Maternal hypercholesterolemia and an elevated triglyceride concentration typically occur in normal pregnancies (Saarelainen et al. 2006) and they are believed to be due to increased levels of sex steroids and the increased need for adequate supply of nutrients to the mother and growing fetus (Chiang et al. 1995). Additionally, reduced total peripheral resistance and increases of uterine and placental blood flows during pregnancy are fundamental to normal fetal development because an increased blood circulation is needed to provide sufficient nutrients and oxygen supplies to the growing fetus. The enhanced FMD during pregnancy is thought to be caused by increased NO synthesis and general vasodilatation (Cockell and Poston 1997). In a recent study with
non-pregnant hypercholesterolemia patients, ADMA was negatively associated with FMD (Vladimirova-Kitova et al. 2008). However, we did not find correlation between ADMA and FMD regardless of hypercholesterolemic state during normal pregnancy.
The immune system plays a vital role in pregnancy and cytokines are involved in both the maintenance of pregnancy and the onset of normal labor (Elenkov et al. 1999).
The concentrations of proinflammatory marker, hsCRP, and proinflammatory cytokine, IL-6, were increased during the last trimester of pregnancy in comparison with those in non-pregnant women. The TNF-α concentration remained unchanged during pregnancy. This is in line with earlier studies (Ellis et al. 2001; Sacks et al. 2004;
Sharma et al. 2007; Aris et al. 2008). Sacks et al. (2004) reported that CRP concentration starts to rise as early as gestational week 4 and this suggests that a mild systemic inflammation state is present during early pregnancy. Similar to the endogenously increased estrogen level encountered during pregnancy, oral contraceptives and postmenopausal hormone therapy have been shown to increase the concentration of CRP (Kluft et al. 2002; Raitakari et al. 2005; Viikari et al. 2007;
Haarala et al. 2009). In the present study, we found that there was a positive correlation between CRP and IL-6 both in pregnant and non-pregnant women. This finding is in accordance with the report that IL-6 can stimulate the production of an acute phase protein i.e. CRP, in the liver (Castell et al. 1988). Krzyzanowska et al. (2007b) suggested that the enhanced inflammation might be associated with elevated plasma ADMA levels. However, we did not find any association between the concentrations ADMA and CRP, IL-6 or TNF-α. Thus the decreased ADMA concentration may not be directly influenced by these proinflammatory markers during normal pregnancy.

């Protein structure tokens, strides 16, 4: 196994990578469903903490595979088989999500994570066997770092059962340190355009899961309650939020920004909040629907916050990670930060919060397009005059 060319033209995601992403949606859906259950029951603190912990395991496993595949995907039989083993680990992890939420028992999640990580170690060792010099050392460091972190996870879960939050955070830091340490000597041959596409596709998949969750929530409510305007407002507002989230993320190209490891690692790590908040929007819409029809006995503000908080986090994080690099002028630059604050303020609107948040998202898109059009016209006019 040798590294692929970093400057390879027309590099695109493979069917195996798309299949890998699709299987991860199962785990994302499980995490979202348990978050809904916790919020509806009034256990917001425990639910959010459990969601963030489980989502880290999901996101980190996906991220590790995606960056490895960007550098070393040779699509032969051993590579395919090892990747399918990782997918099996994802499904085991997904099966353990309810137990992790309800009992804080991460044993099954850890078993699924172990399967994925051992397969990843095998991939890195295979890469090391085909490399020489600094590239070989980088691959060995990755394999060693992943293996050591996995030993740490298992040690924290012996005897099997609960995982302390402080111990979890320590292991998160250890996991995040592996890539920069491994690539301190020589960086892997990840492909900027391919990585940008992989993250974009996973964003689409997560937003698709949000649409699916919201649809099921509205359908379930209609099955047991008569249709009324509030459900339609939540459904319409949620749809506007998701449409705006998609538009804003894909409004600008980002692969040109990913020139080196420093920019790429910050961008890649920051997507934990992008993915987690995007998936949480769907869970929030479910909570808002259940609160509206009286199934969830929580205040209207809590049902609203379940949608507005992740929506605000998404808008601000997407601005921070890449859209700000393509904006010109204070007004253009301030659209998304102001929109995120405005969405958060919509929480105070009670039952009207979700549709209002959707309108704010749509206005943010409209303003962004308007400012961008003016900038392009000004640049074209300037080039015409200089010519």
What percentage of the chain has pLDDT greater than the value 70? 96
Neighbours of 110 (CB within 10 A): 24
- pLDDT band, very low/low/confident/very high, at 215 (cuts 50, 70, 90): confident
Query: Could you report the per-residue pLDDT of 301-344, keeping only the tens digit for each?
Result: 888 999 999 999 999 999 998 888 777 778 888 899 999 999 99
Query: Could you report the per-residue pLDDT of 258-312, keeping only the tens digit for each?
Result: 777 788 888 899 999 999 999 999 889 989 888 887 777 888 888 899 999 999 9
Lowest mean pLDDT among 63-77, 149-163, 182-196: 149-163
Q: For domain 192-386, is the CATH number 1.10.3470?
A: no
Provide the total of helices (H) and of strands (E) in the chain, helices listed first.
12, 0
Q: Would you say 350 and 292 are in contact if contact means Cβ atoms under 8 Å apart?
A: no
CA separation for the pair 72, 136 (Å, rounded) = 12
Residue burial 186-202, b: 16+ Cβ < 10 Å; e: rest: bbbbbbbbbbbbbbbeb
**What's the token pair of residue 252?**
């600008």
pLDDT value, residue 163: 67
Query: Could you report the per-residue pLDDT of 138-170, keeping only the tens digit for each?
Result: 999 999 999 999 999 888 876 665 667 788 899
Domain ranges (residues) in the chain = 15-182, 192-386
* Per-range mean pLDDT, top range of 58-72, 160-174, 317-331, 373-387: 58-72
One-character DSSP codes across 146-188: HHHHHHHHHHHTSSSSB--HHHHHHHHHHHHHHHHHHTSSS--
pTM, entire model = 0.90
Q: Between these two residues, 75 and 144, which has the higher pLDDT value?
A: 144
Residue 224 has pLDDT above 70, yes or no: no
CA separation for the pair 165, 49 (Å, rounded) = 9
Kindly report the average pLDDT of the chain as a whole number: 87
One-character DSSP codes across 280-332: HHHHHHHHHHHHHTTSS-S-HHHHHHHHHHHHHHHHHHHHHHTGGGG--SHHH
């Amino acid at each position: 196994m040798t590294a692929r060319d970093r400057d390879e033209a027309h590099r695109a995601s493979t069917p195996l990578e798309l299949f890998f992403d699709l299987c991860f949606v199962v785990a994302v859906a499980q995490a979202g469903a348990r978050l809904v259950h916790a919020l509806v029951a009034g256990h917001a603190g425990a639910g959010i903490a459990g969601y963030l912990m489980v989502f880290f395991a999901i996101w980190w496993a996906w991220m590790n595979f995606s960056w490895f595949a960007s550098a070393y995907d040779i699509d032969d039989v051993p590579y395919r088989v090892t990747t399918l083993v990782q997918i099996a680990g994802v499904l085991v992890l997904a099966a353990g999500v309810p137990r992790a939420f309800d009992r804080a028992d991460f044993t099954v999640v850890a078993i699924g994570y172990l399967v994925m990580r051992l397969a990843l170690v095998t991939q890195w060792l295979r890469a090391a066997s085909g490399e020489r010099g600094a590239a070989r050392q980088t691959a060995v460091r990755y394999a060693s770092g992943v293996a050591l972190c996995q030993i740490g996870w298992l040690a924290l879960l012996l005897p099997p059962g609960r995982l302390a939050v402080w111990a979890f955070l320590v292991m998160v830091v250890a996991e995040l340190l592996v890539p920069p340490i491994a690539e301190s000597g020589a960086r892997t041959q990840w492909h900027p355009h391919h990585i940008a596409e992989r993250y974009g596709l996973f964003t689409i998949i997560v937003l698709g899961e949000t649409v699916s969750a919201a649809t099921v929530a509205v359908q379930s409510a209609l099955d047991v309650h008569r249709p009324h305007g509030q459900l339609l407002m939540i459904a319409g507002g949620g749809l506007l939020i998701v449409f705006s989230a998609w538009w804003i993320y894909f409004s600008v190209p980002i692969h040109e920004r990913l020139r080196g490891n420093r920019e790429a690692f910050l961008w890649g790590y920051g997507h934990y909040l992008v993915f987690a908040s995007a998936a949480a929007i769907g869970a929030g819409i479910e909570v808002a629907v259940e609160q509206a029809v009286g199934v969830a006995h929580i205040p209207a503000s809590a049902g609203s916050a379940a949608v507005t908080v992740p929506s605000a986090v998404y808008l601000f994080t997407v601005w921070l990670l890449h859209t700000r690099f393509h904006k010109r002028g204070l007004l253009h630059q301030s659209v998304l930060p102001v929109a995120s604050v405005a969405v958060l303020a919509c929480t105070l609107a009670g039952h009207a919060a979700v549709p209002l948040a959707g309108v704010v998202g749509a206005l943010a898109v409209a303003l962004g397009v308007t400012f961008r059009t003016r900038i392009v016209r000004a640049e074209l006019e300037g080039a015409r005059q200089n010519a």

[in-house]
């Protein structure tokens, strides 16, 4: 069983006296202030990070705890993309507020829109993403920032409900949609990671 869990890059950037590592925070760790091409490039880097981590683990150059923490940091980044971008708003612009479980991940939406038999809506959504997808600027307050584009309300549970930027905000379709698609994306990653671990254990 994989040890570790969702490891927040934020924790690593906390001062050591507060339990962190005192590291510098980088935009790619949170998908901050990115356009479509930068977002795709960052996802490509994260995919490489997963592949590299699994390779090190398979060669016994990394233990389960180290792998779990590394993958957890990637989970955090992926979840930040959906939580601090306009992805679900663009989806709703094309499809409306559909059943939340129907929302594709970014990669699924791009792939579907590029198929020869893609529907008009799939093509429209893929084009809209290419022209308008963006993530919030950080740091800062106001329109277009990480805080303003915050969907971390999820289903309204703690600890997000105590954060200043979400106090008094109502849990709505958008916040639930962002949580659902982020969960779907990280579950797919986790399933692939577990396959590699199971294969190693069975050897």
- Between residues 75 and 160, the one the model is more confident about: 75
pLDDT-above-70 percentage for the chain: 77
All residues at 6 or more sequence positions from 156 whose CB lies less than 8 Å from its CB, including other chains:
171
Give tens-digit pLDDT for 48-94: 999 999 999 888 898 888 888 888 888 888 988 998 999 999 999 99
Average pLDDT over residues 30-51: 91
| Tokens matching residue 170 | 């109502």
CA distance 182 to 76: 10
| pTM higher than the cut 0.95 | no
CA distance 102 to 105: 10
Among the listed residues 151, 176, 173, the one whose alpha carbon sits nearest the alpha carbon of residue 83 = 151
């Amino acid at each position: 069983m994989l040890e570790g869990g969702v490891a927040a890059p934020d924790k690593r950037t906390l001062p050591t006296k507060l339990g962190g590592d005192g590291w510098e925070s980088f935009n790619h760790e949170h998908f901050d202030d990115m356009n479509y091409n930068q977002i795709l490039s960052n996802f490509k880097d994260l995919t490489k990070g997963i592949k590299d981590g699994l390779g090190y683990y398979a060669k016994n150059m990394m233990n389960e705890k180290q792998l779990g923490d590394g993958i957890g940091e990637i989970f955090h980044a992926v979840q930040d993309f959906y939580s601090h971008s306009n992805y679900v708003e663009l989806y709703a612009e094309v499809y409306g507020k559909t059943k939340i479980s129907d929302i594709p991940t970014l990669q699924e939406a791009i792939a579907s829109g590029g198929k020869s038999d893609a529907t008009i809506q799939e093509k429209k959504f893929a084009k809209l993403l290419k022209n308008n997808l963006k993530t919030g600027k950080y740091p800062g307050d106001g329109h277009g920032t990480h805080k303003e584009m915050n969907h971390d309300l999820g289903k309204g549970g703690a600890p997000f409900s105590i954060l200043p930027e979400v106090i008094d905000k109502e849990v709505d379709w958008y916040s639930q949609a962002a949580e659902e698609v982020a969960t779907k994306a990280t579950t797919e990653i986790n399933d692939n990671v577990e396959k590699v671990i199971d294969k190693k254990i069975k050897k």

One of the novel findings of the present study was that the concentrations of an endogenous amino acid, L-homoarginine, increased during normal pregnancy and there was a positive correlation between serum L-homoarginine concentrations and FMD.
Previous studies have shown that L-homoarginine is a vasodilator (Bhardwaj and Moore 1989) and can act as a substrate for NOS in a similar manner as L-arginine (Hecker et al. 1991; Chen and Sanders 1993; Hrabak et al. 1994). However, it is not possible to conclude that L-homoarginine is directly involved in regulating endothelial function in normal pregnancy because of the cross-sectional study design. We did not find any
correlation between levels of L-homoarginine and ADMA, SDMA or L-arginine. In this respect, it is not likely that L-homoarginine is a key regulator of the circulating ADMA concentration. Nevertheless, these findings indicate that L-homoarginine has a biological function in pregnancy although the significance of this phenomenon is still unclear. Since L-homoarginine is widely used as an internal standard in ADMA studies by HPLC methods, its use as an internal standard should be avoided if there are pregnant subjects included in the study.